Question of Palestine home || Permalink || About UNISPAL || Search
Follow UNISPAL RSS Twitter

Source: United Nations Special Coordinator for the Middle East Peace Process (UNSCO)
1 May 2017


Report to the
Ad Hoc Liaison Committee

Brussels, May 2017

Executive Summary

Despite a number of international efforts over the past six months to advance the two-state solution, the reporting period has been characterized by a continued lack of progress on the political front. Contrary to the recommendations outlined in the July 2016 report by the Middle East Quartet, the period has seen a surge in Israeli settlement-related activity and a continued high rate of demolitions in Palestinian and Bedouin communities at risk of forcible transfer in Area C of the West Bank, continuing acts of violence against civilians, signs of a deepening political rift between Gaza and the West Bank, and continued military build-up and firing of rockets by extremist groups in Gaza.

At the same time, renewed efforts to reconcile Fatah and Hamas have failed with signs that the two sides may be drifting further apart. Unable to reach agreement on the holding of municipal elections that would cover both the West Bank and Gaza, preparations are now underway for separate municipal elections in the West Bank. The disputes between the PA and Hamas have aggravated an already difficult situation in the Gaza Strip, due to intra-Palestinian disagreement over electricity, payment of salaries and other critical issues. As a result, tensions in Gaza are, once again, growing.

The increasingly difficult situation in Gaza is further compounded by continued access restrictions. The reporting period witnessed a decline in the number of Palestinians allowed to leave Gaza, including a significant drop in the Israeli approval rates for businessmen, medical patients and employees of international organizations to exit the Strip. The restrictions were further intensified during a ten-day ban by Hamas at the end of March on movement from Gaza to Israel for both Palestinians and internationals. In the West Bank, despite a slight increase in the number of movement obstacles reported in 2016, the period also witnesses a positive shift towards more flexibility in the type of movement obstacles and, significantly, an increase in work permits for Palestinians in the West Bank to work in Israel.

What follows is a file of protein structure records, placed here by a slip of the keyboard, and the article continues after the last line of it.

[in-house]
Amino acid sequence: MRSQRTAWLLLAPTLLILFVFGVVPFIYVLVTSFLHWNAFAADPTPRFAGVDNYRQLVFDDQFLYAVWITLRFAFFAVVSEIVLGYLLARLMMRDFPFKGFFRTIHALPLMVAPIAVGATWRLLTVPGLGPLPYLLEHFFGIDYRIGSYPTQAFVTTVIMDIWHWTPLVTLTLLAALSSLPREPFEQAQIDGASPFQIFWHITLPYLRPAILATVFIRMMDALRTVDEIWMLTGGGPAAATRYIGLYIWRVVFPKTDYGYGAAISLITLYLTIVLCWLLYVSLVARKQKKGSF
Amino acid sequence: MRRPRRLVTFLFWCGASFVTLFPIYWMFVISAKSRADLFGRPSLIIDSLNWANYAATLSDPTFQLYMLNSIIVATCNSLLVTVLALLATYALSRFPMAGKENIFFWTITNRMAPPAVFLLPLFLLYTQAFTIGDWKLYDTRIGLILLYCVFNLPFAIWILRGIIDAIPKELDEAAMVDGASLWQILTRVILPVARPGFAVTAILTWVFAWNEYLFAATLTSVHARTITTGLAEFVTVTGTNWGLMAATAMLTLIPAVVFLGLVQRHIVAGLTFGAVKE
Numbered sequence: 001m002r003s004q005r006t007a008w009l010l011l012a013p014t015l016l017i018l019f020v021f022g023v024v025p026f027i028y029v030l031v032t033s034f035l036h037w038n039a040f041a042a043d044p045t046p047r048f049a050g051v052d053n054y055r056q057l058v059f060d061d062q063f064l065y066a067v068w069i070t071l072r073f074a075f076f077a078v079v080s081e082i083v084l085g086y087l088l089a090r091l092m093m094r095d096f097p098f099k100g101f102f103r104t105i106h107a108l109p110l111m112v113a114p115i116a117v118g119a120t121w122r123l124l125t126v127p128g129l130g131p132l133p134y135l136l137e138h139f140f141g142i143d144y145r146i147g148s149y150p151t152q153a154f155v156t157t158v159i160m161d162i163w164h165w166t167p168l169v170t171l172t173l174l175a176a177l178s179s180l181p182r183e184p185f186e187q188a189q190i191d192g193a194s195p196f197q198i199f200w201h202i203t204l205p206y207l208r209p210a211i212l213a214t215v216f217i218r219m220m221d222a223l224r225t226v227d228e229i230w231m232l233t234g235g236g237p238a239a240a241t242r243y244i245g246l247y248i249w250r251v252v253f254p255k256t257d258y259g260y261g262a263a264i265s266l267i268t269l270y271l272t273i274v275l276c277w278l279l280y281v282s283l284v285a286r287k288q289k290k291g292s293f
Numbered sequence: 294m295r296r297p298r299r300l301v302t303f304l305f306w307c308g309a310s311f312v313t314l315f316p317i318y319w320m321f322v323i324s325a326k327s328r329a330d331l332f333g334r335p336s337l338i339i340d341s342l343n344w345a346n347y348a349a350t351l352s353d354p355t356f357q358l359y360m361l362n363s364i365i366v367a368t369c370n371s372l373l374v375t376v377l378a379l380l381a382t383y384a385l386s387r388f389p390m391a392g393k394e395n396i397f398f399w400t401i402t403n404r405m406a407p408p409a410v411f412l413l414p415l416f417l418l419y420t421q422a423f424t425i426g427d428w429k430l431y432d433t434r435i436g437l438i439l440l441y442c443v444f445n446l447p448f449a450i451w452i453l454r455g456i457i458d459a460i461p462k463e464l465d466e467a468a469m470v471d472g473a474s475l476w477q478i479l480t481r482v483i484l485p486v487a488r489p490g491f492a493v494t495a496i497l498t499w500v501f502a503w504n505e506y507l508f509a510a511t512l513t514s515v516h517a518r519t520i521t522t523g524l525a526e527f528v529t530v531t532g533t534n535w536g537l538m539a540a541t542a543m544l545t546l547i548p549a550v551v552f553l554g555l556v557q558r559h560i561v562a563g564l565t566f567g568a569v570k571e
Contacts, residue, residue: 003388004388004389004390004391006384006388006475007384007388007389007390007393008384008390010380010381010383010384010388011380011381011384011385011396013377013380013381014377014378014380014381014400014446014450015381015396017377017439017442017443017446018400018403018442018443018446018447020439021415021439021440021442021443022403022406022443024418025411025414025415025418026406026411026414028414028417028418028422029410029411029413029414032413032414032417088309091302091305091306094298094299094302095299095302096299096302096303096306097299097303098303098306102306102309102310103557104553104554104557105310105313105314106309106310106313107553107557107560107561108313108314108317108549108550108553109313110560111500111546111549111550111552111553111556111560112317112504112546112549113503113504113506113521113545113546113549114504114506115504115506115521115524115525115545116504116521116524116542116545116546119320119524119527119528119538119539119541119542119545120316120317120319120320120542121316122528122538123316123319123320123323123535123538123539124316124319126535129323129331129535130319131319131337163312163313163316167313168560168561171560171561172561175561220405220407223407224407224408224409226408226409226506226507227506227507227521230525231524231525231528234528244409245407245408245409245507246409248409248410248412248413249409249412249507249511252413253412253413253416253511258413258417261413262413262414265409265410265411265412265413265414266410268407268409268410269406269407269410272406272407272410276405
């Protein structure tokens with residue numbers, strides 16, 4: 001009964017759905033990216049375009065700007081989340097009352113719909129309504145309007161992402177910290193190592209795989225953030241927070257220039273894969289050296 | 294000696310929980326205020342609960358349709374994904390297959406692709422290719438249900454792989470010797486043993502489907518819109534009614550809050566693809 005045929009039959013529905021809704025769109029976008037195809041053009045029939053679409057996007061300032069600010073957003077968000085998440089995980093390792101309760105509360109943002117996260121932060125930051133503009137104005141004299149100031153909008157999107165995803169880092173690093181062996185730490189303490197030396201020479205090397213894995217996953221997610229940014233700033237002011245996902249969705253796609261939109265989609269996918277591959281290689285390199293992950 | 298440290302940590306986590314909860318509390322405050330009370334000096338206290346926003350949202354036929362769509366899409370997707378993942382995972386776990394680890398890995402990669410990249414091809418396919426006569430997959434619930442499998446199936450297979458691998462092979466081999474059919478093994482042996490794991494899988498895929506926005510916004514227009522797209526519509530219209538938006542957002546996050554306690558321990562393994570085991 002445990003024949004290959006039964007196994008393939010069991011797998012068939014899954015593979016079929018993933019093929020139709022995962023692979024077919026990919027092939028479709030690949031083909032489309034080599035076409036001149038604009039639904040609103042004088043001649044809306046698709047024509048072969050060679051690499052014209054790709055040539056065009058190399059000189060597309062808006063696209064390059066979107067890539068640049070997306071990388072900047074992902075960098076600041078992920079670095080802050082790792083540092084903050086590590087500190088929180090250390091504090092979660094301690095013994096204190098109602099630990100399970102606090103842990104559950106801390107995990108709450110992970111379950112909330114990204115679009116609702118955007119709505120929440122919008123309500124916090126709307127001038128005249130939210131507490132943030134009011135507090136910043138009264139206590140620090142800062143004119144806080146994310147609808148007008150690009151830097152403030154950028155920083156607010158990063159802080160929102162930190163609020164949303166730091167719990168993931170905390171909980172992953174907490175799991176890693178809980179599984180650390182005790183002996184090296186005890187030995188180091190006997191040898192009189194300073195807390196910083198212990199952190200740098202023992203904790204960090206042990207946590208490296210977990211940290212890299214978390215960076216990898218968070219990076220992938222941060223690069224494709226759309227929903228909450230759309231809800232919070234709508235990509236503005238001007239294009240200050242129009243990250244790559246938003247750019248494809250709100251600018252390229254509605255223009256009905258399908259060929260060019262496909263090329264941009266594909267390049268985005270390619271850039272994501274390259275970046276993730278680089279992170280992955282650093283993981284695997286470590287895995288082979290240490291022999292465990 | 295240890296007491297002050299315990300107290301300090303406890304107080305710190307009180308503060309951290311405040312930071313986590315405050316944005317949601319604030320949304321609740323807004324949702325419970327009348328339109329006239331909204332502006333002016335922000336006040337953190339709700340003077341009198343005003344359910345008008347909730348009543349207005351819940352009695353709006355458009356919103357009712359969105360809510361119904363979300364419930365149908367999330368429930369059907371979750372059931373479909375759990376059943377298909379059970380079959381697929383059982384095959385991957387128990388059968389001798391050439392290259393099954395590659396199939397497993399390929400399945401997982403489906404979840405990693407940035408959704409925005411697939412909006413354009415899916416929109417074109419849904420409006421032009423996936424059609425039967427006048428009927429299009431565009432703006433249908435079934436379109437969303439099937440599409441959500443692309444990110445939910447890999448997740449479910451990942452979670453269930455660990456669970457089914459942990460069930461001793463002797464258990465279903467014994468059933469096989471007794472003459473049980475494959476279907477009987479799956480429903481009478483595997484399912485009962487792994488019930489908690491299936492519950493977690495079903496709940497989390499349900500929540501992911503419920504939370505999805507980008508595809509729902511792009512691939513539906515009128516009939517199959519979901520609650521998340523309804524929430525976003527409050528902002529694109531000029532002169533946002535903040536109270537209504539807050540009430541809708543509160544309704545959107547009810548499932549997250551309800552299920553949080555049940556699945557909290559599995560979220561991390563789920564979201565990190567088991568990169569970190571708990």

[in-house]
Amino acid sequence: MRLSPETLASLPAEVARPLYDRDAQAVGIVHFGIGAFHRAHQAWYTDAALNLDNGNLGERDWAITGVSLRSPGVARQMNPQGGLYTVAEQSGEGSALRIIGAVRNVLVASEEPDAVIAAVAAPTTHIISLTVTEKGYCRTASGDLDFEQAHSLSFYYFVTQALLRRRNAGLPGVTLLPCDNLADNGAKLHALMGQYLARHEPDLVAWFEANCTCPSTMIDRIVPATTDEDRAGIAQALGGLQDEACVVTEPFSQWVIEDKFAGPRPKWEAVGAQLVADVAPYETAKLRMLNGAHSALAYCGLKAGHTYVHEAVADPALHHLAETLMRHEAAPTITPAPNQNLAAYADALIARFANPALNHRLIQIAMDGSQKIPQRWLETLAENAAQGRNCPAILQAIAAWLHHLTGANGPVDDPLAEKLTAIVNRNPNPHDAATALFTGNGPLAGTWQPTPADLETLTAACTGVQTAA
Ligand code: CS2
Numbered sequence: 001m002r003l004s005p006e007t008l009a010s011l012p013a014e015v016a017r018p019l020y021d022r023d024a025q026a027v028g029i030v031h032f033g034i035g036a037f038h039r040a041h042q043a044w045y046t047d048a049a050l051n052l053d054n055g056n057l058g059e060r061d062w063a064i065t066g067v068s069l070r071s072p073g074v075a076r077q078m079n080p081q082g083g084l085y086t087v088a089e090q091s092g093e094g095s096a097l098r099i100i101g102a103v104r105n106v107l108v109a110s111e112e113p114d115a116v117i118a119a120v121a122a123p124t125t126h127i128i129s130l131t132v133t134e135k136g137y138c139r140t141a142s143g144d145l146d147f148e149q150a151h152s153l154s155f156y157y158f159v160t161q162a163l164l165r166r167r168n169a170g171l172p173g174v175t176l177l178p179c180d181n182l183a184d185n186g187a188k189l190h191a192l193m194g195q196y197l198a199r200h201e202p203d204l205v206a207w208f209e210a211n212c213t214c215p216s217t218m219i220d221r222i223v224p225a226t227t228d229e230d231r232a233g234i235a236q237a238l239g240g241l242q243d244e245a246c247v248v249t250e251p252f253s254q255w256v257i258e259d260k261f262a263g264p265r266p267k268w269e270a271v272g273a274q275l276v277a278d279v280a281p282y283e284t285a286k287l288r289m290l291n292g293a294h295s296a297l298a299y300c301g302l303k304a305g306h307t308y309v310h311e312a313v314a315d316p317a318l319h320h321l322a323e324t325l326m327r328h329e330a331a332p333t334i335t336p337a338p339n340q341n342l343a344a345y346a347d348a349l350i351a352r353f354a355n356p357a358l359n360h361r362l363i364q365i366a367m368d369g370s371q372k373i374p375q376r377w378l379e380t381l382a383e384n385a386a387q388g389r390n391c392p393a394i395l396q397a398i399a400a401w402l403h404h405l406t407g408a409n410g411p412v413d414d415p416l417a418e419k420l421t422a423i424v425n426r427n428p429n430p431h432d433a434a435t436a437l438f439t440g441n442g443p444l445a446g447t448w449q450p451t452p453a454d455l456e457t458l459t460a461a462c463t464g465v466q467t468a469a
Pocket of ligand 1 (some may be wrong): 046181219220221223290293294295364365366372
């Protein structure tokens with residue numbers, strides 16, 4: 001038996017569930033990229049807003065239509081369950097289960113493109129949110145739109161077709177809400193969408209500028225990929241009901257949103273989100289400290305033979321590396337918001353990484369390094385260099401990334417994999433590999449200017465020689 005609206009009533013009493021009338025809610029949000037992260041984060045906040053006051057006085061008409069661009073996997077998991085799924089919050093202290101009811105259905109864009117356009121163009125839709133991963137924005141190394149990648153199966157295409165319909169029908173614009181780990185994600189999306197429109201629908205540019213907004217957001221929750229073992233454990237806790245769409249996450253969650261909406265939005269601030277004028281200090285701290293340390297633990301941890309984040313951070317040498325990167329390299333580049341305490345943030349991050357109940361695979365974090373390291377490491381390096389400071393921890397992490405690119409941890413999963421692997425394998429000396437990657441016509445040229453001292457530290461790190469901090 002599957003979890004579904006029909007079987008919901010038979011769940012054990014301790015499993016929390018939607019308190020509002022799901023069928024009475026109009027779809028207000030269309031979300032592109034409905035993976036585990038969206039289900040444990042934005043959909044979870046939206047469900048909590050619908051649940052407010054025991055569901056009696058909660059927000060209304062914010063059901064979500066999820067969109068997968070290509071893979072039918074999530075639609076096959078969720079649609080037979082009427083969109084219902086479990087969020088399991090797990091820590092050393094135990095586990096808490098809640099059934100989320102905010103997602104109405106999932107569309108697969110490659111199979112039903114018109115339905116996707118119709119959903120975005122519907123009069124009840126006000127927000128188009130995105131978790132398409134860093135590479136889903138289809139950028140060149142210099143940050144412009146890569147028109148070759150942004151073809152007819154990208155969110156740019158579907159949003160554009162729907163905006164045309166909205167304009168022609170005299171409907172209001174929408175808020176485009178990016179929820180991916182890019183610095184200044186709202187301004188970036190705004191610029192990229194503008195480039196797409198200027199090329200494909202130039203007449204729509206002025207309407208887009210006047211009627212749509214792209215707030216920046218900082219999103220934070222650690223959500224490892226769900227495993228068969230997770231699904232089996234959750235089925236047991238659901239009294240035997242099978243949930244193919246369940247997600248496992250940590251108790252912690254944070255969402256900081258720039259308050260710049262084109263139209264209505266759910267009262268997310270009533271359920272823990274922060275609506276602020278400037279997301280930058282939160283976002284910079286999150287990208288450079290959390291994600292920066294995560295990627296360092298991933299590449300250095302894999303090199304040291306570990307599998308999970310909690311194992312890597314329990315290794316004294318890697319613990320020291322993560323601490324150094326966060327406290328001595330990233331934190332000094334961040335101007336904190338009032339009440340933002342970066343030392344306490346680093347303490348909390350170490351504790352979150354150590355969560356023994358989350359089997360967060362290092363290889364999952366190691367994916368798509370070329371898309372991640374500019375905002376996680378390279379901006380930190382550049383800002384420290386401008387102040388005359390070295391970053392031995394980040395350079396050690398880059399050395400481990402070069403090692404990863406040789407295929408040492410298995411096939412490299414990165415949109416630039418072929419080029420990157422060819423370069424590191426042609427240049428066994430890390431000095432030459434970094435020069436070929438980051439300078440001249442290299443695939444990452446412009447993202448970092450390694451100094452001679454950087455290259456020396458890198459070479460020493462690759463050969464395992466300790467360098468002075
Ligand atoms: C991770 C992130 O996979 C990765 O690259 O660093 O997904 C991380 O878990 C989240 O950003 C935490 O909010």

The humanitarian situation remains grave, especially in Gaza, where 1 2 million people need some form of humanitarian assistance in large part due to inadequate basic service delivery, poverty, high food prices, and frequent rights violations. At the same time some 40,000 people remain internally displaced in Gaza, as they wait for their homes to be rebuilt following damages sustained during the 2014 conflict. The situation is aggravated by the critical shortages in electricity, including daily power cuts of 18-20 hours, further impeding the delivery of basic services. Meanwhile, the West Bank is facing a protracted protection crisis due to the coercive environment created by a range of Israeli policies and practices, including the restrictive and discriminatory planning regime. During the reporting period, a key concern has been the risk of forcible transfers and demolition of Palestinian structures, particularly in the vulnerable Bedouin and herding communities in Area C.